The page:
Henderson Kids, Network 10, Australia (1985 - 86)
This series only ran for two years, It was about teenage siblings, Steve (Paul Smith) and Tamara (Nadine Gardner) who are forced to leave the city and move to the country to live with their uncle Mike (Nicholas Eadie) after their mother Alice (Diane Craig) is killed. Mike is a police officer in the fictional town of Haven Bay. It is a typical new kids coming to a new town and make friends with the local gang.  Gang, as in a group of kids hanging out together, not gang as in drug gang – the innocence of that time. In the second season the Henderson kids go back to the city and live with their father and make friends with a new gang.  Some of the actors who got their start in the series where Kylie Minogue, Ben Mendelsohn, Peter O’Brien, Stefan Dennis, Alex Papps and Jane Hall.

Kids Incorporated, USA (1984 – 1994)
This was like a kids musical where a group of children and teenagers performed in their own rock group called Kids Incorporated.  The kids dealt with issues from schoolyard crushes to child abuse to peer pressure.  There were sudden fantasy sequences, fictional band performances, characters breaking into song and a final song.  The show had a number of stars through the years, some who went onto more famous things, they are Eric Balfour, Jennifer Love Hewitt, Marta ‘Martika’ Marrero, and Stacy ‘Fergie’ Ferguson (yes of Black Eyed Peas fame).

Danger Bay, Canadian Broadcast Corporation, Canada (1985 – 1989)
Set in Vancouver and about Grant ‘Doc’ Roberts (Donnelly Rhodes) a marine veterinarian and his two children, Nicole (Ocean Hellman) and Jonah (Christopher Crabb).  The episodes featured the Vancouver Aquarium in nearly every instalment and usually focused on environmental issues such as pollution, wildlife endangerment and forest preservation.  It rained in nearly every episode and Doc's girlfriend flew a helicopter, which was a totally cool job that I really really wanted to do when I grew up.

The Muppet Show, USA (1976 – 1981)
Jim Henson again.  If you don’t know the muppets, you must be under 30.  It is a vaudeville show with musical guests who ranged from Alice Cooper to Diana Ross to Dudley Moore.   There were recurring skits such as Pigs In Space (my favourite), the Swedish Chef, Muppet Labs with Dr Bunsen Honeydew and his assistant Beaker, Statler and Waldorf, and the Electric Mayhem with ANIMAL.

Heartbreak High, Channel 10 and Australian Broadcast Company, Australia (1994 – 1999)
Based on the 1993 feature film Heartbreak Kid, Heartbreak High was about a tough inner-city high school in a multi-racial area of Sydney.  The lead in the first season was Nick Poulos (Alex Dimitriades) and it focused on him and his friends.  It was hard hitting and took on controversial issues.  As the show went on, there were cast changes and more soapy storylines which changed the tone and made the show less than it started out.  But boy was it a training ground for Australian actors.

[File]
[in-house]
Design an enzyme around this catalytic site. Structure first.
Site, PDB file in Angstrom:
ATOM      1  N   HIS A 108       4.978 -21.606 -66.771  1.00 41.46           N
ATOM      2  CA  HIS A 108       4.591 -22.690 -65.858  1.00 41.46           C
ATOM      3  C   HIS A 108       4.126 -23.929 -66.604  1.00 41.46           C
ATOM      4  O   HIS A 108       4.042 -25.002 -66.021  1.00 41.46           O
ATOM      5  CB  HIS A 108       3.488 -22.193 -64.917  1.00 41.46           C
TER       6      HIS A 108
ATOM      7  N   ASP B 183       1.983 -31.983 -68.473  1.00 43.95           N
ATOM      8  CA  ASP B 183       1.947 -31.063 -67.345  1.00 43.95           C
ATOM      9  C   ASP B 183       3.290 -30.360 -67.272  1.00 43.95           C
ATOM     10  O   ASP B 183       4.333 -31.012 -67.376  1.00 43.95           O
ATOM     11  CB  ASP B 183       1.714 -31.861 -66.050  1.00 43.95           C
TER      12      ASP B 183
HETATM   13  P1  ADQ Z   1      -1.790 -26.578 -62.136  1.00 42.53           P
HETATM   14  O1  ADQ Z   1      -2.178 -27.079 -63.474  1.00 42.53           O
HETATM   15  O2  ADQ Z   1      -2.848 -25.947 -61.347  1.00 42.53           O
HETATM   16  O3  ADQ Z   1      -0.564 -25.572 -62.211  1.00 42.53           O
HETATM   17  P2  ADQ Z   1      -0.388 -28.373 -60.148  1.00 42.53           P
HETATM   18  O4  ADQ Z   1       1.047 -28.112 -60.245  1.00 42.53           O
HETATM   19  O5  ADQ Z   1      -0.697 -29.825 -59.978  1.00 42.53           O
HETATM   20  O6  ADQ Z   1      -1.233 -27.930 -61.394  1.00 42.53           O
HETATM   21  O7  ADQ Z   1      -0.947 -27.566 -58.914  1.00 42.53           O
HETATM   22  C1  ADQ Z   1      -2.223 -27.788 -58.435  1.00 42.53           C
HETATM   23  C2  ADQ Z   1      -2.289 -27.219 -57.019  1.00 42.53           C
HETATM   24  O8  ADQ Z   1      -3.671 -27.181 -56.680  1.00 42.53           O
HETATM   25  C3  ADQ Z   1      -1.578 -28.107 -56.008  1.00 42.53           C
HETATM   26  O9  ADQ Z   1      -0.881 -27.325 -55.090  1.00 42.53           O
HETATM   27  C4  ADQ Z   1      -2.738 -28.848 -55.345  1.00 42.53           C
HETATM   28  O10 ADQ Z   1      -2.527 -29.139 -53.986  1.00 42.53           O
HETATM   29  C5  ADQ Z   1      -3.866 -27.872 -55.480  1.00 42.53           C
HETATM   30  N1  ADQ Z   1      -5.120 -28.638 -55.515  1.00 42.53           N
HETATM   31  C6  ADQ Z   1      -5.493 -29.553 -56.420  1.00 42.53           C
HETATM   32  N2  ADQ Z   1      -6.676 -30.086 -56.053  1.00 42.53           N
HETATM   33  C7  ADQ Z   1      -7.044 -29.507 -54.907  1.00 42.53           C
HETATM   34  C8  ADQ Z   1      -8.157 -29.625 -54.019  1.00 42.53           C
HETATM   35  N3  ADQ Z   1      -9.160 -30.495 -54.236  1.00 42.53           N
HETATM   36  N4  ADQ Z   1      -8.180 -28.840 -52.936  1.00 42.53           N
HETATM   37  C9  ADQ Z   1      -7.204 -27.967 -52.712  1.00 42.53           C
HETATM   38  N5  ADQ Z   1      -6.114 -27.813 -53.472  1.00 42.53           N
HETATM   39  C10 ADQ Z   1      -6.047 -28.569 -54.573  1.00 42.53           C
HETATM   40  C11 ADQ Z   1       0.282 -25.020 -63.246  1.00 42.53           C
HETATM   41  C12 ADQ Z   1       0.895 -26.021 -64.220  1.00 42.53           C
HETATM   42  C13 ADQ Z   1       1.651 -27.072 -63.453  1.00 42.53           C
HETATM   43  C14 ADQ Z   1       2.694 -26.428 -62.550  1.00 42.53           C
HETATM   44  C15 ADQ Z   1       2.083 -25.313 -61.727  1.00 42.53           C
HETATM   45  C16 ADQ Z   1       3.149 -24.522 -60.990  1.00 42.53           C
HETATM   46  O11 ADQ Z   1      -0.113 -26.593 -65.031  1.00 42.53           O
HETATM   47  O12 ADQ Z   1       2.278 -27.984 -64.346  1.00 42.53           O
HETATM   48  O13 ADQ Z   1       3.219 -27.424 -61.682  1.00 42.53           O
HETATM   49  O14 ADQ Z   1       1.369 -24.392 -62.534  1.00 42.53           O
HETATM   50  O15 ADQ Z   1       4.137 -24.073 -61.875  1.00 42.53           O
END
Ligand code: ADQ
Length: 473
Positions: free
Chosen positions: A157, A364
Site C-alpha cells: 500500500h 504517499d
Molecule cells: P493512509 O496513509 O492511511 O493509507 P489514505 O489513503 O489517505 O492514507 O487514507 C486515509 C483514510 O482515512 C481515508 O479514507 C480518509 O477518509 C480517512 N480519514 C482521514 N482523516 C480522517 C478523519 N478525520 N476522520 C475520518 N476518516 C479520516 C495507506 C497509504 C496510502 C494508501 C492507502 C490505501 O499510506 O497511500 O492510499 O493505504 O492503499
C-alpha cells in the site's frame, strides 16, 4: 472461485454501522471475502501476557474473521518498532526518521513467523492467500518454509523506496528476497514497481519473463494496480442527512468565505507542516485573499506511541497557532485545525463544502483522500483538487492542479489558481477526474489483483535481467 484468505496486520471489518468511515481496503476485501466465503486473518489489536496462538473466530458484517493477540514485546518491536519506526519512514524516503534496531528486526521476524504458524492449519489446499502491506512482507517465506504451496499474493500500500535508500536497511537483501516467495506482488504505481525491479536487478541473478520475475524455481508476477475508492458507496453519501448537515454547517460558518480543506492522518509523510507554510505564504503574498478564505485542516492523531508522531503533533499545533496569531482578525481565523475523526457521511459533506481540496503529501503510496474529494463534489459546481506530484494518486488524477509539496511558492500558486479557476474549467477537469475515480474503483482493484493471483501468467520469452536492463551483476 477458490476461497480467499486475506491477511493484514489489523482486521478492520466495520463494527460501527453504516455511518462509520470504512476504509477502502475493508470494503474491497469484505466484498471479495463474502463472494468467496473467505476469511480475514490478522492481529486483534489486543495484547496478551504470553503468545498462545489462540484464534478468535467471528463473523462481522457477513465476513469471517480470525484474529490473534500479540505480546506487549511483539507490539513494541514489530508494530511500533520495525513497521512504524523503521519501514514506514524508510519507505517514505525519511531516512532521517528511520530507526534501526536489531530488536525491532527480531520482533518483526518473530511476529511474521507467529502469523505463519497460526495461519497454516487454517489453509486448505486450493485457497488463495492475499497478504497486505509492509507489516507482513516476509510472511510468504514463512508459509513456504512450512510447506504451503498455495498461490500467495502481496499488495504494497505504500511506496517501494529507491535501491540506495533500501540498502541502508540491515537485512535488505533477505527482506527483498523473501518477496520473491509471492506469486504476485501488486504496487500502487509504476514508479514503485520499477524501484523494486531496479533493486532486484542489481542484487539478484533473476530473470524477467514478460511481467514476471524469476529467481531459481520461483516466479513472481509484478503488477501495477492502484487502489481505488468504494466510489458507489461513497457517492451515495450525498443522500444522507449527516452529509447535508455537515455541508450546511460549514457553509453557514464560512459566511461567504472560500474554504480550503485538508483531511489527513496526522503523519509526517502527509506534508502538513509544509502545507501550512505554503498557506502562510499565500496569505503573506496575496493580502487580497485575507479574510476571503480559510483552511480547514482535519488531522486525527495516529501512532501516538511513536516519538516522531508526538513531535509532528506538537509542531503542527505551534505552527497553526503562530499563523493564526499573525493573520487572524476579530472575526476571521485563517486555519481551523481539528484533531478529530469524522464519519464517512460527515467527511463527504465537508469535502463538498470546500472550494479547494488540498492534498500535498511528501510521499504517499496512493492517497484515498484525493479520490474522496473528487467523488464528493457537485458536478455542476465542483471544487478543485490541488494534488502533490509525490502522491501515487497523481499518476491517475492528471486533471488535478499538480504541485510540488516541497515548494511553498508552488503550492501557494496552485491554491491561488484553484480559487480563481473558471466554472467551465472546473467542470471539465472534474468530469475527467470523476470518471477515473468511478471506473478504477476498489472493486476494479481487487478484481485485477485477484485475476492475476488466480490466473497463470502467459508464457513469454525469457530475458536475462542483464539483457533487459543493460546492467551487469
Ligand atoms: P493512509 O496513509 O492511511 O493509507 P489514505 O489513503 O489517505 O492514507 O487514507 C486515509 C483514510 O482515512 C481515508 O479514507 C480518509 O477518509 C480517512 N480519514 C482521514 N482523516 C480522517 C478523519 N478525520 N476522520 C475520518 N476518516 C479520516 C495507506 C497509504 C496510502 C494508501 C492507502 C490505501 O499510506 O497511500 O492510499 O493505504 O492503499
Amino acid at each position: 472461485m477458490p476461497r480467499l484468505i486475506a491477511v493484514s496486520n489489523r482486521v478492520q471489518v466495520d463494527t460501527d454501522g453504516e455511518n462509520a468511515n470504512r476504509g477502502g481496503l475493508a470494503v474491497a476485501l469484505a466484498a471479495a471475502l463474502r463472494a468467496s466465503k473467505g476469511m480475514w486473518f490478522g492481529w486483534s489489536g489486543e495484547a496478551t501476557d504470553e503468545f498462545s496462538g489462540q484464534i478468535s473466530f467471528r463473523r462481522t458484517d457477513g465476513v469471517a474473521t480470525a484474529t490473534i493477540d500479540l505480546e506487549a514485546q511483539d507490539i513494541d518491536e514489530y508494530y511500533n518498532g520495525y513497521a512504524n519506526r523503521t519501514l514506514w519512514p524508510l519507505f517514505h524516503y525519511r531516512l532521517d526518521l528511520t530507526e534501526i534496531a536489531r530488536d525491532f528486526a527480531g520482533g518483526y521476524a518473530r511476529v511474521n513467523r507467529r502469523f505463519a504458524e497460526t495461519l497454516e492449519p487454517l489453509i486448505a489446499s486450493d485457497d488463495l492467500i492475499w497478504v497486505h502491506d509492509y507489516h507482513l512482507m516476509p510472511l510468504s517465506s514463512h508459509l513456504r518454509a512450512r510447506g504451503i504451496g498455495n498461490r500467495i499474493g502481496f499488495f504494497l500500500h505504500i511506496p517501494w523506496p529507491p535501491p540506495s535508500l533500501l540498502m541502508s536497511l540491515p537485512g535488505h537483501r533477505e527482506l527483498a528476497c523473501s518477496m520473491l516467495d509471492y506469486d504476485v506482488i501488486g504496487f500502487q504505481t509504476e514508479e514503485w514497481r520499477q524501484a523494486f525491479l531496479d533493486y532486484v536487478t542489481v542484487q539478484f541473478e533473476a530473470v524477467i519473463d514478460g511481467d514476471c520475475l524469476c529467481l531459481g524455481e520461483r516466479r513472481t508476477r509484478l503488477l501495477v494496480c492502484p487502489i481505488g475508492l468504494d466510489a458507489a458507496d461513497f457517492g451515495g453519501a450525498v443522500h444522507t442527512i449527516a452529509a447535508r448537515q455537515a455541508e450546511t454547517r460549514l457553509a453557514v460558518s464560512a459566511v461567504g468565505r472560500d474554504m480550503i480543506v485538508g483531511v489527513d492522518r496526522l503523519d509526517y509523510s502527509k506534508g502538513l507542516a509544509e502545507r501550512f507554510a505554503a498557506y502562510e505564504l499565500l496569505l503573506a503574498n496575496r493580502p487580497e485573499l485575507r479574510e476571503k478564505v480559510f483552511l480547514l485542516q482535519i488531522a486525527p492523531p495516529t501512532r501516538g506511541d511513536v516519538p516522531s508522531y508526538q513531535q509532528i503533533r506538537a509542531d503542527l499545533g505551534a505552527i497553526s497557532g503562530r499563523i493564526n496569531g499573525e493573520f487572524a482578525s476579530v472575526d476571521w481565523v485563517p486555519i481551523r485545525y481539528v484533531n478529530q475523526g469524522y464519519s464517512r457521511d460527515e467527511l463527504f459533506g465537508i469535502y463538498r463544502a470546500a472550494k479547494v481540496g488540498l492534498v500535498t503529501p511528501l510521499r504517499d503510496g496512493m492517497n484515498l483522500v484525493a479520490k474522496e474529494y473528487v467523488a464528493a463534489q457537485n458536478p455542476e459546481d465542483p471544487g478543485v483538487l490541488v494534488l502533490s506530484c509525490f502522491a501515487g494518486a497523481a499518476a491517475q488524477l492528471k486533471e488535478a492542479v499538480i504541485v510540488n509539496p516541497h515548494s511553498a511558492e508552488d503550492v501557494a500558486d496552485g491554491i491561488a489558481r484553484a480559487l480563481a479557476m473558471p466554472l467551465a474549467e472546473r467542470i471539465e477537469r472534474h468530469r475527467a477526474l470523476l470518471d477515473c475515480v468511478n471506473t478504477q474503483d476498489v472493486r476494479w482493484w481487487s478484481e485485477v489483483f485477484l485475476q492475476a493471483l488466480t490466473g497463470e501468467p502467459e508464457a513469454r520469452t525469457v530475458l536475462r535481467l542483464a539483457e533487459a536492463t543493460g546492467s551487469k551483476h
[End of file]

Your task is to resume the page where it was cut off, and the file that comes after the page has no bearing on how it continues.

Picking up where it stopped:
Space: 1999, UK (1975 – 1977)
Here is the blurb from Wikipedia “in the opening episode, nuclear waste from Earth, which was stored on the Moon's far side, explodes in a catastrophic accident on 13 September 1999, knocking the Moon out of orbit and sending it, and the 311 inhabitants of Moonbase Alpha, hurtling uncontrollably into space. The series was the last production by the partnership of Gerry and Sylvia Anderson and was the most expensive series produced for British television up to that time.” And it was scary to me.  I was petrified of the alien woman who could turn into animals.  The music that accompanied this transformation used to send me scurrying out of the room until the change had happened (I wonder what scars it did to my psyche).  I loved it.  The Eagle was the best space ship until I saw the Millennium Falcon. Science fiction took hold young with me.

Rainbow, ITV UK (1972 – 1992)
This show was on every school day and it involved a particular activity or situation that would happen in the Rainbow House where the main characters lived.  These main characters were puppets – Zippy, George and Bungle and humans, Geoffrey who looked after them and Rod, Jane and Freddy who used to pop in and sing an educational song.  It is aimed at young kids but became a cult with teenagers as there always seems to be an underlying weirdness going on.  In 1979 the cast made a special exclusive sketch that was meant for the Thames TV staff party that had a lot of sexual innuendo it got out into the public in 1997 and many a person’s memory of childhood was forever altered. Click below to see the intro and have the song stuck in your head for days.

Breaking out of Albuquerque